When I first heard about the Oculus Rift I was sure that Virtual Reality had finally made the mainstream. At $300 with affordable development options it was sure to take off. I knew why the Oculus Rift was cheap and that was because it uses cheap components! The components are cheap because they are already being manufactured in the huge quantities for the production of smart phones. So if the components are cheap, why don’t we build them ourselves?
First we have to think about creating the headset itself. To create a VR headset like the Oculus Rift (the current version, the next version will have some new bits!) we need a screen, accelerometer and gyroscope. All of which you will already own if you have a recent smartphone. You could simply buy a holder for your phone!
The Durovis Dive (http://www.durovis.com/dive.html) is simply that. Its worth checking with Durovis if your phone has the correct bits of hardware and is the right size. If you so happen to own a 3D printer you can print one using the opendive project files.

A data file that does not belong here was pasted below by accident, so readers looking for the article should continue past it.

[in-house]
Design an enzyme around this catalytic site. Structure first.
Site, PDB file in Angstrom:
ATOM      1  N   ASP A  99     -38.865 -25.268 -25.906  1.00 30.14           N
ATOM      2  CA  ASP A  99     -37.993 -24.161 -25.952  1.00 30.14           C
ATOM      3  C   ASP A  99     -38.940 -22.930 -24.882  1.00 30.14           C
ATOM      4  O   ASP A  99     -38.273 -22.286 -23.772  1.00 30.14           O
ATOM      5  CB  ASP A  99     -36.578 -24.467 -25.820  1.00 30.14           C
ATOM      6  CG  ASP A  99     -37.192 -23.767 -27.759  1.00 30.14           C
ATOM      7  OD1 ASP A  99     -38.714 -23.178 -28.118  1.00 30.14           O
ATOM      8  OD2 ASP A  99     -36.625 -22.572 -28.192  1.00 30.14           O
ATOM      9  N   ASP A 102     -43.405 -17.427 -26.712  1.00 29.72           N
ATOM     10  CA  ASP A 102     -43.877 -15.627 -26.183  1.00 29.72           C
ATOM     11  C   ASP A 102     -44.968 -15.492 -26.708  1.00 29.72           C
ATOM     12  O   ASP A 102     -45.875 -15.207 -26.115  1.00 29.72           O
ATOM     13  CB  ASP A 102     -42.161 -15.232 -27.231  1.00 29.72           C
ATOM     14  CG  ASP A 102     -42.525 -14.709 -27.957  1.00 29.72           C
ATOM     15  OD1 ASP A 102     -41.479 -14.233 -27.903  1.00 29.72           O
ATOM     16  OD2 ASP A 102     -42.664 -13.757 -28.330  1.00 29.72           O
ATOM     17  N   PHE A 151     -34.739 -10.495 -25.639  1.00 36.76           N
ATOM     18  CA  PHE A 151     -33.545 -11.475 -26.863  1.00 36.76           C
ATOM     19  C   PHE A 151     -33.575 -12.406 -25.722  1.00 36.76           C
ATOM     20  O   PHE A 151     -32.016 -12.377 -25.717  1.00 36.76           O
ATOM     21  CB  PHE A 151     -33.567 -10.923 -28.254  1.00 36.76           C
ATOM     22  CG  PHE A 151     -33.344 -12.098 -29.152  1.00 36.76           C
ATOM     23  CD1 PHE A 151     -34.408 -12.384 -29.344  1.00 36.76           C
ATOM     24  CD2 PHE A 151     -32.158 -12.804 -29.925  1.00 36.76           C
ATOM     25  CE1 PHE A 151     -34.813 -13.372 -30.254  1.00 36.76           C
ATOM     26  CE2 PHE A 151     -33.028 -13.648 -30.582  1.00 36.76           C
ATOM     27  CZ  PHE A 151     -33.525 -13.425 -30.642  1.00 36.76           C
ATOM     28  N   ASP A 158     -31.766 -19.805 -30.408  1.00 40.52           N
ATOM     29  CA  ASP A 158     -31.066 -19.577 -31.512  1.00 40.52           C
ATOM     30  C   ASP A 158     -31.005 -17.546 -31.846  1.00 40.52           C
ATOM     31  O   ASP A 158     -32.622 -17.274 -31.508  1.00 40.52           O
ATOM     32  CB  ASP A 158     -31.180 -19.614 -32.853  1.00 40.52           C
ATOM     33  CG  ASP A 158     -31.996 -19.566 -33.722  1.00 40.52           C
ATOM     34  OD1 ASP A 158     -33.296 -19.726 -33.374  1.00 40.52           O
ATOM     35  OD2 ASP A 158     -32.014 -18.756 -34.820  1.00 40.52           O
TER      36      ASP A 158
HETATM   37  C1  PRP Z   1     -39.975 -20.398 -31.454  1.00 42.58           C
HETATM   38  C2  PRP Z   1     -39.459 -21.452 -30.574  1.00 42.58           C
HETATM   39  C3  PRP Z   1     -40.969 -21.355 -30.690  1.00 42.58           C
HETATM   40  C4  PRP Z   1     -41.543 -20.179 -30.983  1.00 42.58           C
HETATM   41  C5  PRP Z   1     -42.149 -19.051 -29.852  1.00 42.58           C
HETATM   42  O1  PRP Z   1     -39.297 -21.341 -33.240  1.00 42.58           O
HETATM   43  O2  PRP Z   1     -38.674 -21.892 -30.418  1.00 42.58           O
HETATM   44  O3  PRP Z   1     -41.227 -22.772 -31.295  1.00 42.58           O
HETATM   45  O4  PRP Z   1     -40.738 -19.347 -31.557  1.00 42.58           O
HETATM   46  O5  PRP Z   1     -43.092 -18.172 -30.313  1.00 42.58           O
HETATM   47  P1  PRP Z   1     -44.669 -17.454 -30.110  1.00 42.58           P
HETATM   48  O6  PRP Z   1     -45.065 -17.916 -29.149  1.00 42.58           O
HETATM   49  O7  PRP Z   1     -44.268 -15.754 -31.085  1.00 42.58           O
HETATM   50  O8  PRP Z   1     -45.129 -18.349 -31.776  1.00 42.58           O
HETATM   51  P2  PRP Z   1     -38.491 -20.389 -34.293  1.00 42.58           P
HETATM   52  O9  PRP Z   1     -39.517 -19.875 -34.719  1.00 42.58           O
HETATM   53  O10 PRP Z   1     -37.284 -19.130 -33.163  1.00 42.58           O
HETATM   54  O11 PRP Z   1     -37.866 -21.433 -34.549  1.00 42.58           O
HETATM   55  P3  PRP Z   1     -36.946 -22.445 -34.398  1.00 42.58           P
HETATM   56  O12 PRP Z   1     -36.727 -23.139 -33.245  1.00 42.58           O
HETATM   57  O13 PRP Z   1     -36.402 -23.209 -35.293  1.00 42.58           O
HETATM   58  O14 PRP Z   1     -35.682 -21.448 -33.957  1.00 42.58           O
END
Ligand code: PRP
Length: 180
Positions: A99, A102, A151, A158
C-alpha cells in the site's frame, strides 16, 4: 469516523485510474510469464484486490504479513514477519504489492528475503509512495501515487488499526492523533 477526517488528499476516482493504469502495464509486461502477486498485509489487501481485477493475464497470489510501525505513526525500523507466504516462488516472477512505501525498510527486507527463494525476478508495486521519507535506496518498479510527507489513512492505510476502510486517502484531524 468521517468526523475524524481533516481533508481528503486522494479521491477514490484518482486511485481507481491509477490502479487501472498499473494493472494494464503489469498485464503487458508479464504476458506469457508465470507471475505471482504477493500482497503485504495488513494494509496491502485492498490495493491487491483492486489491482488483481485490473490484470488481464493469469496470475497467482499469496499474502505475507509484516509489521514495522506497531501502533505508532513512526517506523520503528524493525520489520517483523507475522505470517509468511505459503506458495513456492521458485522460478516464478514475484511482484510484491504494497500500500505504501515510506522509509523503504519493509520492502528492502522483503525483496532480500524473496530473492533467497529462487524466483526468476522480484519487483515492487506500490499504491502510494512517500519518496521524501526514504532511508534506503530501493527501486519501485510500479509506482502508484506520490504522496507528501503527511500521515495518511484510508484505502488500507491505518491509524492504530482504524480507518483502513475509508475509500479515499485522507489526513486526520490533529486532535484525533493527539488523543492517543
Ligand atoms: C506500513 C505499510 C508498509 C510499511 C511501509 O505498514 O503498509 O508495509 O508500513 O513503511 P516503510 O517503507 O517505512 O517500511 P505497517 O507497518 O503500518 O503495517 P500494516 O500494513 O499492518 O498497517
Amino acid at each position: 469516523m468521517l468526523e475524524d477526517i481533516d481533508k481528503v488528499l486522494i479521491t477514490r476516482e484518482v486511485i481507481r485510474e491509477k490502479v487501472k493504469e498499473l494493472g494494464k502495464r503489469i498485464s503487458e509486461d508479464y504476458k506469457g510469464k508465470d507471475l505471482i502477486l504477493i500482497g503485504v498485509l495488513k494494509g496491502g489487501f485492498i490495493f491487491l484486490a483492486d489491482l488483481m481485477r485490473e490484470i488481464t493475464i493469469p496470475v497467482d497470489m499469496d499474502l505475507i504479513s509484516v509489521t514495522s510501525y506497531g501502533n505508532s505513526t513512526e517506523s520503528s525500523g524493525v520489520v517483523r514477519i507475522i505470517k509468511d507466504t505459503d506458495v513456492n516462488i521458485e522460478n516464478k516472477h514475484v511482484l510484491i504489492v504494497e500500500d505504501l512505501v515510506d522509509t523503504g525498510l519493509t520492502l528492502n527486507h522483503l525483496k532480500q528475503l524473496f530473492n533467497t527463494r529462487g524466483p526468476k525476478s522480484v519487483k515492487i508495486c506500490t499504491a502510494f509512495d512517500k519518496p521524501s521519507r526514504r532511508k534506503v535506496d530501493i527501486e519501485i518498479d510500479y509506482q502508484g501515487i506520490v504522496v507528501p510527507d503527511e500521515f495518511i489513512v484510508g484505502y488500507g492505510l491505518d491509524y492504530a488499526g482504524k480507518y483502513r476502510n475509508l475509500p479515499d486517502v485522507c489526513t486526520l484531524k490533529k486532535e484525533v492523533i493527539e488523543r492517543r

If you don’t have a 3D printer and can’t afford to buy a holder from Durovis but have a history of making Screwfix models you could try making a viewer using the instructions at FOV2GO, a project by the University of California.
For the Oculus Rift I like to make web based content. I’m not sure how you would send the tracking information back to Android/Ios browser if you decided to make one yourself. Working with apps isn’t so bad as Durovis have created a library for sending tracking information back to apps themselves, you can download it here for a play. There is also a Unity plugin which you can use, but obviously you need a version of Android that can create android/iOS apps which I think will start to cost you money. If you want software already made there seems to be a few apps on Google play that work with phones being used as VR devices.
I’m interested in where this is going to take us. I think the Rift is here to stay, it has a good financial backing as well as backing by some well known game developers. Perhaps we really are seeing the start of indie/do it yourself gaming devices. The Ouya and Gamestick might not have been everything we wanted, but with steam machines around the corner open consoles and accessories could be an interesting space.